VOL. 129 | NO. 216 | Wednesday, November 5, 2014
By Don Wade
By background, Maria Lensing perhaps doesn’t fit the expected parameters of someone quick to defend Memphis and eager to take on the challenge of revitalizing a local university’s alumni association.
She moved here from Lima, Peru, at age 14, when her family brought her little brother to St. Jude Children’s Research Hospital for treatment of his leukemia. Now, at age 35, she is a vice president with AT&T and has a five-state territory that would allow her to live in Nashville or Atlanta or Miami, if that were her desire.
Maria Lensing is the inaugural chair of CBUnited, the rebranded alumni association at Christian Brothers University that is working to reconnect with the university’s graduates.
(Daily News/Andrew J. Breig)
But it isn’t her desire, and the way she speaks on behalf of Memphis suggests that she will be a dynamic force in her role as the inaugural chair of Christian Brothers University’s newly renamed/rebranded alumni association, CBUnited.
For example, she doesn’t much care for the glitz of Miami – not as a mother of two young sons hoping to instill values consistent with CBU’s Lasallian tradition of a holistic education. And Nashville? Bring that up at your own risk.
“Tell me, what’s the big difference between Nashville and Memphis?” she said. “You’re more expensive and you have a couple of country stars.”
Founded in Memphis in 1871 – making it the oldest university founded in the city – CBU has an enrollment of 1,600 students, and its 2014-15 freshmen class of 371 is the largest in its history.
A chief part of Lensing’s task is connect with “lost alumni” who might live blocks from the 75-acre wooded Midtown campus or on the other side of the world. Or in Miami, where Lensing recently had a business meeting with a man who turned out to be a CBU grad and one of those “lost alumni.”
“Not anymore,” she said with a smile.
Lensing saw the value in connections early in life. Her father, Lucio Blanco, now 88, was a general in the Peruvian Army and sought the best medical care for his son after the then-7-year-old boy was diagnosed with leukemia. When after about a year of treatments doctors told him that his son was going to die, he refused to accept it.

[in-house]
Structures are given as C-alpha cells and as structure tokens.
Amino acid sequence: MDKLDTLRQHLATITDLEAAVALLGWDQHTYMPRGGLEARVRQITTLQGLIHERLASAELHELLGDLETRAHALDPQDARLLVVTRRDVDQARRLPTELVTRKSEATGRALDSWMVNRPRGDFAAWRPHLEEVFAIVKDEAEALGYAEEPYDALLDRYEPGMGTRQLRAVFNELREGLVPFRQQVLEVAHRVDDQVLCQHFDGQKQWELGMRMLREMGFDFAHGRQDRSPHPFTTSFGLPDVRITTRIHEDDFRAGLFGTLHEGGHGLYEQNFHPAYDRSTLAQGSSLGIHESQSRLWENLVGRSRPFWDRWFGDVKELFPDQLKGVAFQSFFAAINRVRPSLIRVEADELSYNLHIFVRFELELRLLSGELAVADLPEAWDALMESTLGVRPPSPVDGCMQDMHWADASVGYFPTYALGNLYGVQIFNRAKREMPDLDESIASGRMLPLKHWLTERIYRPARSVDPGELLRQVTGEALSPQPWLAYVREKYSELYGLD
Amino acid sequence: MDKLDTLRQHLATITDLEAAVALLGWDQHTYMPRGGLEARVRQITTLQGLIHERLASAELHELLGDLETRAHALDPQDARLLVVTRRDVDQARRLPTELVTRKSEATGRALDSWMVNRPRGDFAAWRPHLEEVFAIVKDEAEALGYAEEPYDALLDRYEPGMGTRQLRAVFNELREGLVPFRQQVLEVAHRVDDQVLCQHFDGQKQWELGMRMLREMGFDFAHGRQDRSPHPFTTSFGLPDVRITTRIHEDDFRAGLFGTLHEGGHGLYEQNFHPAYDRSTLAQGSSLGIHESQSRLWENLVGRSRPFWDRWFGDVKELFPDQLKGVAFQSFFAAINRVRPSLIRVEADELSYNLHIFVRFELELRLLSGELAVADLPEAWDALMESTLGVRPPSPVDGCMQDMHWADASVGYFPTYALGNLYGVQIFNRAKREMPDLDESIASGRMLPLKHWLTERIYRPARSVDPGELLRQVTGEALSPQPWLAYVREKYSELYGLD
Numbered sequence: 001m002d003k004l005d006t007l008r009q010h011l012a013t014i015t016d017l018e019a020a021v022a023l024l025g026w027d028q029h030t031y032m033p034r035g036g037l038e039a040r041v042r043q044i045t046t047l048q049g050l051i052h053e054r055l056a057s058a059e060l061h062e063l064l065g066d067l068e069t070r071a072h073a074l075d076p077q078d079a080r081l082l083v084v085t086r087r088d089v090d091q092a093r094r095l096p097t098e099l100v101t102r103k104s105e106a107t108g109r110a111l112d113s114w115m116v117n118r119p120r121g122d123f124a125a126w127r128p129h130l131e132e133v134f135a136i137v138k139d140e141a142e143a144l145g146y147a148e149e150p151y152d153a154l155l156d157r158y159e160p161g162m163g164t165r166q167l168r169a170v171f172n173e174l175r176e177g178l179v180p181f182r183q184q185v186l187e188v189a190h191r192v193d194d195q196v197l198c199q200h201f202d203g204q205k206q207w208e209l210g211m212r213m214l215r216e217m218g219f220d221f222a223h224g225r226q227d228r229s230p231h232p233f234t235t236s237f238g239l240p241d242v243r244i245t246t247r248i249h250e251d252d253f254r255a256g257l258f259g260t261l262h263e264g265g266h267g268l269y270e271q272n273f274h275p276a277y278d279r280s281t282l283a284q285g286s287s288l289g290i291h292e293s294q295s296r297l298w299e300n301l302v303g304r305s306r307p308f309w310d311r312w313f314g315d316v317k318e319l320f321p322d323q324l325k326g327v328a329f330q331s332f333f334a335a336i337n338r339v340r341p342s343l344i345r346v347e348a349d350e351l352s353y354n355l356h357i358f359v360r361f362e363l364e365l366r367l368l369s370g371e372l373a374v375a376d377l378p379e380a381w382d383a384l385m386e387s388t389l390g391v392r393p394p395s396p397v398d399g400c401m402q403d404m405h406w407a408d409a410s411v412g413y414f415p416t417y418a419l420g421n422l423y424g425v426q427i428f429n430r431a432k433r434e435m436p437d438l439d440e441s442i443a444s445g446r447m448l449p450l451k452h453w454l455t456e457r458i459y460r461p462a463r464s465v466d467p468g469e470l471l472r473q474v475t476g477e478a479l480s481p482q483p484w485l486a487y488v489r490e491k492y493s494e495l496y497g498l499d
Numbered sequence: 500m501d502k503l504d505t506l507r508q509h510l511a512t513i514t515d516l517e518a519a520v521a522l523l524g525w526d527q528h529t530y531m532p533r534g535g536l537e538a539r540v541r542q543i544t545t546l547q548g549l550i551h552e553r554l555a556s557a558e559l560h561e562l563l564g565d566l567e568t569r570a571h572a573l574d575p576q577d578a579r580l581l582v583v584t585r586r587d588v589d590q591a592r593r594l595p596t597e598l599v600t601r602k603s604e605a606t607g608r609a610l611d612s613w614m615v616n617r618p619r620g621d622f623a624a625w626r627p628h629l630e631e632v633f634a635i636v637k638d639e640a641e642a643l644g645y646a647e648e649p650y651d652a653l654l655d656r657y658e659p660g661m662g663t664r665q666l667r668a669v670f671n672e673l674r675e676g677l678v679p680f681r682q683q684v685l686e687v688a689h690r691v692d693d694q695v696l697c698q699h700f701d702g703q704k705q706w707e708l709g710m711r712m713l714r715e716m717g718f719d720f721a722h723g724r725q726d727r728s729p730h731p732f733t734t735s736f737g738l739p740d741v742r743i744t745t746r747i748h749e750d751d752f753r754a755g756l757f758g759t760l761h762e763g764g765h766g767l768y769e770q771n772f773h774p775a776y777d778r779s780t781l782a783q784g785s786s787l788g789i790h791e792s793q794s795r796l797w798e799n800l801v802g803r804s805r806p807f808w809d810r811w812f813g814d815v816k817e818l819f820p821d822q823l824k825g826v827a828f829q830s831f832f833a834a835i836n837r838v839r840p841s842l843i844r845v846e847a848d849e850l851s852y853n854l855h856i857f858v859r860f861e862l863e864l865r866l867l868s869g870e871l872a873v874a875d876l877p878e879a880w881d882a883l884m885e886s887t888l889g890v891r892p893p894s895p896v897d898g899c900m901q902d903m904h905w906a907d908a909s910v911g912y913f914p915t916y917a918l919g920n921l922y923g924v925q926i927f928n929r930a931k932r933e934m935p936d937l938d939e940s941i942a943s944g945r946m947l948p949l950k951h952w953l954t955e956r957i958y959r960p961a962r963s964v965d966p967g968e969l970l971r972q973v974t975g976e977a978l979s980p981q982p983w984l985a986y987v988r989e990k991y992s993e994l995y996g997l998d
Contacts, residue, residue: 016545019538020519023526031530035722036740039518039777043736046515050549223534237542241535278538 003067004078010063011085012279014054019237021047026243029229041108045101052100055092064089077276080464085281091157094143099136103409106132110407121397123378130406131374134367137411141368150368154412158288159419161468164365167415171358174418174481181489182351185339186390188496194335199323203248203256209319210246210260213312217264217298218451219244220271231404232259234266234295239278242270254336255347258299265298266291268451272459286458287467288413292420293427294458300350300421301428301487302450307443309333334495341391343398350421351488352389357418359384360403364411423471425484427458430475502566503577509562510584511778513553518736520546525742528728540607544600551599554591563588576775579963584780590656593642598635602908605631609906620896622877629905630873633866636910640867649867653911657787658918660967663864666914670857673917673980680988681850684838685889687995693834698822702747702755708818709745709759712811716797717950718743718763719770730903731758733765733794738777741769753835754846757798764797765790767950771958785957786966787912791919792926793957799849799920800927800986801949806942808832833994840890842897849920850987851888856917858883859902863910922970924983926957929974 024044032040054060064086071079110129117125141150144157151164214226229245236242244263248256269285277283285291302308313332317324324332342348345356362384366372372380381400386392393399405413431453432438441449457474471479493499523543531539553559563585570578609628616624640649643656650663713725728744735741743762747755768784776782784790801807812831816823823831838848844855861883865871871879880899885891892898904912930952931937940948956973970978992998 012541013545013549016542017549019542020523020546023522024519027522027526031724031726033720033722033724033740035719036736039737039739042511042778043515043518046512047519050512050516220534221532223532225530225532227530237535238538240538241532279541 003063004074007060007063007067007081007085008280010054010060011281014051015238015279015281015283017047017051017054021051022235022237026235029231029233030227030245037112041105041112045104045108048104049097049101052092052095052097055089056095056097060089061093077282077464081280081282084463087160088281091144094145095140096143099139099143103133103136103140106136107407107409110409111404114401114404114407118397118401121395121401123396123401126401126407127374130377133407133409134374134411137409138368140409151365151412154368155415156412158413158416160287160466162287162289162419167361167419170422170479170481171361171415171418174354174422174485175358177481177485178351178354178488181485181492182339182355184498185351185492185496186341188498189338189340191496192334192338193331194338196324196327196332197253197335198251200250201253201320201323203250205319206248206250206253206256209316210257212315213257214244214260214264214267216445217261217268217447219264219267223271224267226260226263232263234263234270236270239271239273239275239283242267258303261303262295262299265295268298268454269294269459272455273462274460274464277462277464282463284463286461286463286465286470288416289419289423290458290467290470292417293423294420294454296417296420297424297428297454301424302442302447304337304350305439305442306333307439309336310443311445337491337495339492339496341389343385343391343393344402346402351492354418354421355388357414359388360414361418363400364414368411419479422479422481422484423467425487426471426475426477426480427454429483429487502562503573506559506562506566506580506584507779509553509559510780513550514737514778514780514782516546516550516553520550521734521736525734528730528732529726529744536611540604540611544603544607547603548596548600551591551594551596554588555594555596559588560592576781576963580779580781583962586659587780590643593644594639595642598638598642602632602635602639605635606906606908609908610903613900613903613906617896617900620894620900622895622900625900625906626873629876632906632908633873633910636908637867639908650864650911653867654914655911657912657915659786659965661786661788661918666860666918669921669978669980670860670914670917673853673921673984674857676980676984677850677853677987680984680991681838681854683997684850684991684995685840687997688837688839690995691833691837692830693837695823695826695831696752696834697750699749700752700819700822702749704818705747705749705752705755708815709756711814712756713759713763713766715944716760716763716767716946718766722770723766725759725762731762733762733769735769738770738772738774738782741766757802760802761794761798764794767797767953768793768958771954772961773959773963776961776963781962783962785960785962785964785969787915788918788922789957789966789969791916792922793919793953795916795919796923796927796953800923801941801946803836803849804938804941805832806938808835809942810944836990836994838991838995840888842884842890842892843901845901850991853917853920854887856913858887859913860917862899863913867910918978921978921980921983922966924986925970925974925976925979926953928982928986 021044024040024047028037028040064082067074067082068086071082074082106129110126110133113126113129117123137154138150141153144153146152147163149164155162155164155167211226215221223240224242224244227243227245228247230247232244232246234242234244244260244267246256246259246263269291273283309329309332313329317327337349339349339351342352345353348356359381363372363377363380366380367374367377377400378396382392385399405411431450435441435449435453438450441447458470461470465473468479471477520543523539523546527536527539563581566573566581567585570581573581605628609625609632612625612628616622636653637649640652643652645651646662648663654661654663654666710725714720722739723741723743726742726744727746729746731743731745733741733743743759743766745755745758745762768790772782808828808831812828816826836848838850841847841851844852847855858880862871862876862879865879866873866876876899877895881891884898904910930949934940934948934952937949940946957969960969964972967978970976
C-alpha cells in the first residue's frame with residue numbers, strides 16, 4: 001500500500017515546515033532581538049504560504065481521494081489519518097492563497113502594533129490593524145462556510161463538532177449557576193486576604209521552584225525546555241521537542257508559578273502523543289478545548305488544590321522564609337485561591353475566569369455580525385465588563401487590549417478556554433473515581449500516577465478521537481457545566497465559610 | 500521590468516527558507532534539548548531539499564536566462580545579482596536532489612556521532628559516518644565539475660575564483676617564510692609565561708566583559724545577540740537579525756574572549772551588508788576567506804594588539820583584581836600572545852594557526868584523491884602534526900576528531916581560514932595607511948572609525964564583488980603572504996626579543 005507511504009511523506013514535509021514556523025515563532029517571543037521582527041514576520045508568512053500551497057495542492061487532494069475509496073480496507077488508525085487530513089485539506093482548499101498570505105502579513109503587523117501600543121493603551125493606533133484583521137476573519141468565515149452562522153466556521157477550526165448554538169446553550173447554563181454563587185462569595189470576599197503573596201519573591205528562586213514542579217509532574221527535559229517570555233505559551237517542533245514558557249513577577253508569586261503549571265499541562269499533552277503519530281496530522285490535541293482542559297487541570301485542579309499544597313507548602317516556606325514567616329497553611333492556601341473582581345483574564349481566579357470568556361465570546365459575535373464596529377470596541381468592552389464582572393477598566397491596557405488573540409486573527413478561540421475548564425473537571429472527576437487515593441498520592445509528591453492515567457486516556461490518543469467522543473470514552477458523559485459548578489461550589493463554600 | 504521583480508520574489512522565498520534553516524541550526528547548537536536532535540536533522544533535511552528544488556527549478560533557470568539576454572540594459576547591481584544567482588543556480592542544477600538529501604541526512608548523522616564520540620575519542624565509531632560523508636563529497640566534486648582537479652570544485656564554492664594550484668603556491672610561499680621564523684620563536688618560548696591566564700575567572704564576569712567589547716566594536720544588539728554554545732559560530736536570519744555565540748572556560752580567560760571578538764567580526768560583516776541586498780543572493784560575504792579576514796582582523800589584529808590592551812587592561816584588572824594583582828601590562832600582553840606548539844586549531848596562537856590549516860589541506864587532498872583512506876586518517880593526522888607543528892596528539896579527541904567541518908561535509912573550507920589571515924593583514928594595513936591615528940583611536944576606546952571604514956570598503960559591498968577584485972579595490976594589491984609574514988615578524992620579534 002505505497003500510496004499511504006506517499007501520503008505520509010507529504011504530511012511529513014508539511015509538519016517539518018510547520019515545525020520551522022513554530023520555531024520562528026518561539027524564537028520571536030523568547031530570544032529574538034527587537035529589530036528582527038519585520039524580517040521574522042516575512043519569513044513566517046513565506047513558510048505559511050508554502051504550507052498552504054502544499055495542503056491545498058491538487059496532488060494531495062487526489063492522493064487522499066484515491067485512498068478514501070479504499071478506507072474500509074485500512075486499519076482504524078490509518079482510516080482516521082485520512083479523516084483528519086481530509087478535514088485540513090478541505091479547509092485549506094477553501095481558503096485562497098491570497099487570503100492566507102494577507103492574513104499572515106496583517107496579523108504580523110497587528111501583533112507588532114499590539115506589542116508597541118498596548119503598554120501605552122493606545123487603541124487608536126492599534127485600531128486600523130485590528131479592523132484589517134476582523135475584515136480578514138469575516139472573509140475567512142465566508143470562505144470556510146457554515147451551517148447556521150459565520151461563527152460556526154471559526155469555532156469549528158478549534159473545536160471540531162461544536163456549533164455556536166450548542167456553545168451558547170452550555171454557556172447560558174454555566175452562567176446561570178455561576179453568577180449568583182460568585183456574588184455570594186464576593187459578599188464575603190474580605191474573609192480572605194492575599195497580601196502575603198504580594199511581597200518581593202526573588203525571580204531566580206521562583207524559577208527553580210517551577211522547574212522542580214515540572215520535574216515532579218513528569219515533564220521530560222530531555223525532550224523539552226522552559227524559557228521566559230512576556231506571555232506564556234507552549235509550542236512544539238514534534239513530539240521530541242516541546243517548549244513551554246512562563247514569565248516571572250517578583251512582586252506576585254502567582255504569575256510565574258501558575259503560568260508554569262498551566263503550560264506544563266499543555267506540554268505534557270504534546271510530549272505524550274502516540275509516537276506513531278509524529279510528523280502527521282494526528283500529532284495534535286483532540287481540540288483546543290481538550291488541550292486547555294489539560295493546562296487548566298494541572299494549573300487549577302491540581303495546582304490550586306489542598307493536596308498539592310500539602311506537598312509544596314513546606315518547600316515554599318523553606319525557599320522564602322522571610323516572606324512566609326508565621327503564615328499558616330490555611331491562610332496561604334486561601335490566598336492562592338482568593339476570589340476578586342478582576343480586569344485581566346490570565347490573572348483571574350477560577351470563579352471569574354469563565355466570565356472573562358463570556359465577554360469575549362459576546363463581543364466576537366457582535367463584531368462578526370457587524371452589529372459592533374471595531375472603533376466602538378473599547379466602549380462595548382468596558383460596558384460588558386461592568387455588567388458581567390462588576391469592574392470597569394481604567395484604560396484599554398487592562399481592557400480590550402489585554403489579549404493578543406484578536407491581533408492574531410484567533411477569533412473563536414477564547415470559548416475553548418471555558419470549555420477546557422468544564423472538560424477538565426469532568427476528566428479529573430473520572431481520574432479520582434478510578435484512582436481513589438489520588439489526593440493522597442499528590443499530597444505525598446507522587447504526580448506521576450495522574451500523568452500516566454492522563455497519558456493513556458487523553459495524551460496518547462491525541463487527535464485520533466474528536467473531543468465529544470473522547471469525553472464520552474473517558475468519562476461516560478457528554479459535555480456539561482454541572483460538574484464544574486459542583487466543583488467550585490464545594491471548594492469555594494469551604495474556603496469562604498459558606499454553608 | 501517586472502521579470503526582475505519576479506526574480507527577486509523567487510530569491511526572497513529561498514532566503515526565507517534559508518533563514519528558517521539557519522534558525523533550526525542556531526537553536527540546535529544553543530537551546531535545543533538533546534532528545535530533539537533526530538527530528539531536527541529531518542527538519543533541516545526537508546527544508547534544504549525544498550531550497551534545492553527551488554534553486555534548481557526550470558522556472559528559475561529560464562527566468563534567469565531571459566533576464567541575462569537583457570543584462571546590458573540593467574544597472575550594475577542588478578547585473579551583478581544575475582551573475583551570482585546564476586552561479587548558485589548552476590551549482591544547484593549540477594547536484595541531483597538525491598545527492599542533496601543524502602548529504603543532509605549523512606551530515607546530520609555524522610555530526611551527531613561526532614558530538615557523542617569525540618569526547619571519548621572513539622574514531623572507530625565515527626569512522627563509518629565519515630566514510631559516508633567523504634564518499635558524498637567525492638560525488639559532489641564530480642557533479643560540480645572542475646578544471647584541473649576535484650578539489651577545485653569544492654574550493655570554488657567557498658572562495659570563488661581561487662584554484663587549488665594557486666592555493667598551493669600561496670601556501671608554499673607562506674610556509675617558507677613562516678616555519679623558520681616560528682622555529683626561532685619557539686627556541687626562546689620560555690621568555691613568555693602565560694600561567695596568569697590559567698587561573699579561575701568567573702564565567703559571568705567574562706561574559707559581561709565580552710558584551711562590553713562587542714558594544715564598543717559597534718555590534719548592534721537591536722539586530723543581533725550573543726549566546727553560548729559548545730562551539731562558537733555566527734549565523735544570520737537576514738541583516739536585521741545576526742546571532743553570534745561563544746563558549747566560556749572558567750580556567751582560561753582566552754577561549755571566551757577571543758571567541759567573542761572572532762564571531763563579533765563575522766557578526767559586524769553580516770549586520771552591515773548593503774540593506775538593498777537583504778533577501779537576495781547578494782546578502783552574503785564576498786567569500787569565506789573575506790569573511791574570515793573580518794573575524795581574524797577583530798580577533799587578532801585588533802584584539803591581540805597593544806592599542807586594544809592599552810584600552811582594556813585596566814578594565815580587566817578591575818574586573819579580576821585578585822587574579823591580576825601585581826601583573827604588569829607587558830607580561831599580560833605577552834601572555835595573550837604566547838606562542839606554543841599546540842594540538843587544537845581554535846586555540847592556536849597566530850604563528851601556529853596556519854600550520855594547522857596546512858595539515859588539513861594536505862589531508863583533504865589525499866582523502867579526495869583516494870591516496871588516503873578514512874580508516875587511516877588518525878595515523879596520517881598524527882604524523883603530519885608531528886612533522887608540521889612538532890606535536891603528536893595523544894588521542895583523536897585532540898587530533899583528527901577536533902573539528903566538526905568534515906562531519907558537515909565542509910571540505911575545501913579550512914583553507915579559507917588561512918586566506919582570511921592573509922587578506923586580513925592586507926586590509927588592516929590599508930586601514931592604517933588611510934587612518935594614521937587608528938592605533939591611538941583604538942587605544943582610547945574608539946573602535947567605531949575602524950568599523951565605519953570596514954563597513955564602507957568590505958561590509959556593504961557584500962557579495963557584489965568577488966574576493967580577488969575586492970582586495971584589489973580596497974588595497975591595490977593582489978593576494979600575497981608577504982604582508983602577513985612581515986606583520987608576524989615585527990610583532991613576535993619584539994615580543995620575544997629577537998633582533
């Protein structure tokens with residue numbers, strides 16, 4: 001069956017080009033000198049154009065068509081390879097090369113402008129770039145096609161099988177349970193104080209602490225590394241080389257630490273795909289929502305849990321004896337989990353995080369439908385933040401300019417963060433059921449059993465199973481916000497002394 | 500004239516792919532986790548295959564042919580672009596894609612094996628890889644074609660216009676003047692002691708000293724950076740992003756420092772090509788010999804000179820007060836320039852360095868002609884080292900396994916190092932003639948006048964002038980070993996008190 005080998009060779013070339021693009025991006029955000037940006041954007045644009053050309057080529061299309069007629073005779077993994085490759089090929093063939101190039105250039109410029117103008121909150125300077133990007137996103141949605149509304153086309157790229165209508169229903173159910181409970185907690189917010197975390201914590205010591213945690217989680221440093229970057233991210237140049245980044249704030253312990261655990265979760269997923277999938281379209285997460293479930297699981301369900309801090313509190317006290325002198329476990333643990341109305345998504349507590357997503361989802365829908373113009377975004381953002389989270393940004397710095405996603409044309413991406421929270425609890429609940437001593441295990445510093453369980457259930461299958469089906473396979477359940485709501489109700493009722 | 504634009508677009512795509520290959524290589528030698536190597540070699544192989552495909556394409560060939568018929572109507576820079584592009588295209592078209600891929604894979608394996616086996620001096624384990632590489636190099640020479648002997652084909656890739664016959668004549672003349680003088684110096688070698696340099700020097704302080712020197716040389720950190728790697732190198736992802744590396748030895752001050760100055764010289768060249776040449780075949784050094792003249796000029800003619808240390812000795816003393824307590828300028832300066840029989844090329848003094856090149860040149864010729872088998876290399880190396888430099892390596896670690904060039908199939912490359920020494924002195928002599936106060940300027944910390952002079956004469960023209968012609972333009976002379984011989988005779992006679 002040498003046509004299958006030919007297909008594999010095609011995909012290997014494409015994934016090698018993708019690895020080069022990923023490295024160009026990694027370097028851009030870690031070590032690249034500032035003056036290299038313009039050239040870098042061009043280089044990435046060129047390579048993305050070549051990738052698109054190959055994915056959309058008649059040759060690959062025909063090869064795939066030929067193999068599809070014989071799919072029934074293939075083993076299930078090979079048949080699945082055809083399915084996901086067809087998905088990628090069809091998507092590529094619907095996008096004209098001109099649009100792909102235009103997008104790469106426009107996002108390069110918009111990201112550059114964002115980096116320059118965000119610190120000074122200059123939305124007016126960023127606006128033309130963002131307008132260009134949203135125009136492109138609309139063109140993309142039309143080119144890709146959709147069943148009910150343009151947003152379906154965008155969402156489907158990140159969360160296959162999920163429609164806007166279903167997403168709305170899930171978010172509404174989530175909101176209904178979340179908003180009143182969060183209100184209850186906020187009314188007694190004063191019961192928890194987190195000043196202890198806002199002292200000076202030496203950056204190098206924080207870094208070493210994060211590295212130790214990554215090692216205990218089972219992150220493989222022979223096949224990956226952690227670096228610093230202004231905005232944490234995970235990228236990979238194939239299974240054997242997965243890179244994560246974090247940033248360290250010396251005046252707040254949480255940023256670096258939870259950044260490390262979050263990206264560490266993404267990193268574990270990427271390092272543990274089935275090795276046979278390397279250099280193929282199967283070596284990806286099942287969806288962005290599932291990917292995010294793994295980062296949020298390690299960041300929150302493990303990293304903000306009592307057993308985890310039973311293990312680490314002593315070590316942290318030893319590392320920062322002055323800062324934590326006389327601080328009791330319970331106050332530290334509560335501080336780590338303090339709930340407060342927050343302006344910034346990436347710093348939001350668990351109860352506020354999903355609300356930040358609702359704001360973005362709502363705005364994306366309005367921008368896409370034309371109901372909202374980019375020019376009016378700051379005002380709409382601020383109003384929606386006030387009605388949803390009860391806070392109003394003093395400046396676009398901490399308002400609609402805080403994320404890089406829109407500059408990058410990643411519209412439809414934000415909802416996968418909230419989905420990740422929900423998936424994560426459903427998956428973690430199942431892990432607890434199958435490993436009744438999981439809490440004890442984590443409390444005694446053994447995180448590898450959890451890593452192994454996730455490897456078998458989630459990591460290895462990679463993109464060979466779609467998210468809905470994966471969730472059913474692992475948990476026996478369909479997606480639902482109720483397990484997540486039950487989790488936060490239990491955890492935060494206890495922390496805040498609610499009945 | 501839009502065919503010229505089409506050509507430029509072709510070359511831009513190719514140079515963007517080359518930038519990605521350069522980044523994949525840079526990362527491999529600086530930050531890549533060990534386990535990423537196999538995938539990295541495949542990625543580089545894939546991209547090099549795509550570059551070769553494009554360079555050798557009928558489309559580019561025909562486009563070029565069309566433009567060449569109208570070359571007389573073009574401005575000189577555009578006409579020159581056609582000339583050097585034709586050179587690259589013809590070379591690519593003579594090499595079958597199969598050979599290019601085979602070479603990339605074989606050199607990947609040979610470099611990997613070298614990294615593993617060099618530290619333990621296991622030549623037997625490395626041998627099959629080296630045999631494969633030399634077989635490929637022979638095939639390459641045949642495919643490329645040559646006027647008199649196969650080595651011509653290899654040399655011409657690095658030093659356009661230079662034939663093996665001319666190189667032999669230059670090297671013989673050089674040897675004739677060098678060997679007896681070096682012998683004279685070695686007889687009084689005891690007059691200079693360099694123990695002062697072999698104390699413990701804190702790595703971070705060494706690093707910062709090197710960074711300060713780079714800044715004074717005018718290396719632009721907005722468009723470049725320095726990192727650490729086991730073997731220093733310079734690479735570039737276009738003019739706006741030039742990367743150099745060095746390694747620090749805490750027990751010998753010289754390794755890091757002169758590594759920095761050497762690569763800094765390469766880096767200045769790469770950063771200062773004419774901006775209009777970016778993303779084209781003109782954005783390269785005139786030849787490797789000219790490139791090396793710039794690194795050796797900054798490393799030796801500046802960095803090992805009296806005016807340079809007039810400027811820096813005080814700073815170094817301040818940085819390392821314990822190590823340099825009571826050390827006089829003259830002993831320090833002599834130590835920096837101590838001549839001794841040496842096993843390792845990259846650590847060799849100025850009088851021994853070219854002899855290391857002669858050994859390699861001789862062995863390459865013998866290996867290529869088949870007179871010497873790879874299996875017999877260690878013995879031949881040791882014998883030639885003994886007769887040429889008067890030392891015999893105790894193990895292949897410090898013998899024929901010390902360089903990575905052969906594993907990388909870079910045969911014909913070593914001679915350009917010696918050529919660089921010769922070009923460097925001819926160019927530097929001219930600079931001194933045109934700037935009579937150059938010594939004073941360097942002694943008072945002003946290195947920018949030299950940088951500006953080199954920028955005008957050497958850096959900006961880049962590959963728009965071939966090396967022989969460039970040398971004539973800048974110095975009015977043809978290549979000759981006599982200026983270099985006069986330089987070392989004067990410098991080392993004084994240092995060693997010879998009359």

Years earlier, while studying in officer’s school in the United States, Blanco had become friends with U.S. Army Gen. Wesley Clark. When Blanco told Clark of his need for the best cancer treatment in the world, Clark directed him to St. Jude.
Lensing’s youngest brother, Juan-Diego Blanco, is now 29 years old. She says the St. Jude doctors cured his leukemia. But when he arrived here, the family learned that the radiation treatments in Peru had “burned his brain. It left him wheelchair-bound,” Lensing said. “But he’s alive. He’s a miracle.”
She admits her own adjustment to the United States and Memphis was not seamless. In Peru, she says, children begin learning a second language at age 3, so she could speak, write and read English when she got here. But culturally, her school back home and Immaculate Conception Cathedral in Memphis were two strikingly different places.
“Our culture is very traditional, 95 percent Catholic,” she said of Peru, adding that girls went to school without makeup or nail polish, their hair pushed up in bun. “Nobody breaks the rules or they will smack your hands.”
She liked Memphis’ “Southern charm,” but even so, the atmosphere was colder and more distant than the Latin American culture in which she was raised.
“I had to learn to respect the bubble of personal space in America,” she said.
She was drawn to CBU, in part, because of the “Spanish architecture, all the red brick and arches.” She also liked a message she saw early on at CBU: “Enter to learn, leave to serve.”
She’s keeping that top of mind as she reaches out to alumni. About 10 percent of the CBU Annual Fund comes from alumni donations; the industry norm is more like 15-16 percent.
“We want 5 percent growth over the next five years,” Lensing said.
“Maria’s perfect for this because she’s a poster child for who we are,” said Wendy Sumner-Winter, CBU’s senior director of external affairs and donor relations.
CBU has students from 26 countries. Engineering, which was Lensing’s major, is a huge draw.
The school competes in sports at the Division 2 level, so there isn’t a big football program or basketball program to provide a universal rallying point for alumni. However, Sumner-Winter said: “You know what’s ironic? CBU has the only national champion in the city – women’s soccer in 2002.”
If anything, Sumner-Winter said, the school has been remiss in promoting itself.
“The Brothers don’t like to brag and we sort of catch on to that,” she said. “You don’t know you’re working next to a CBU grad.”
Lensing’s own sons are ages 2 and 6, so college is a long way off. But the work she’s doing now might one day be beneficial for that generation, bettering a place where they enter to learn and leave to serve.
“Yeah,” Lensing said, “I would love for them to come here.”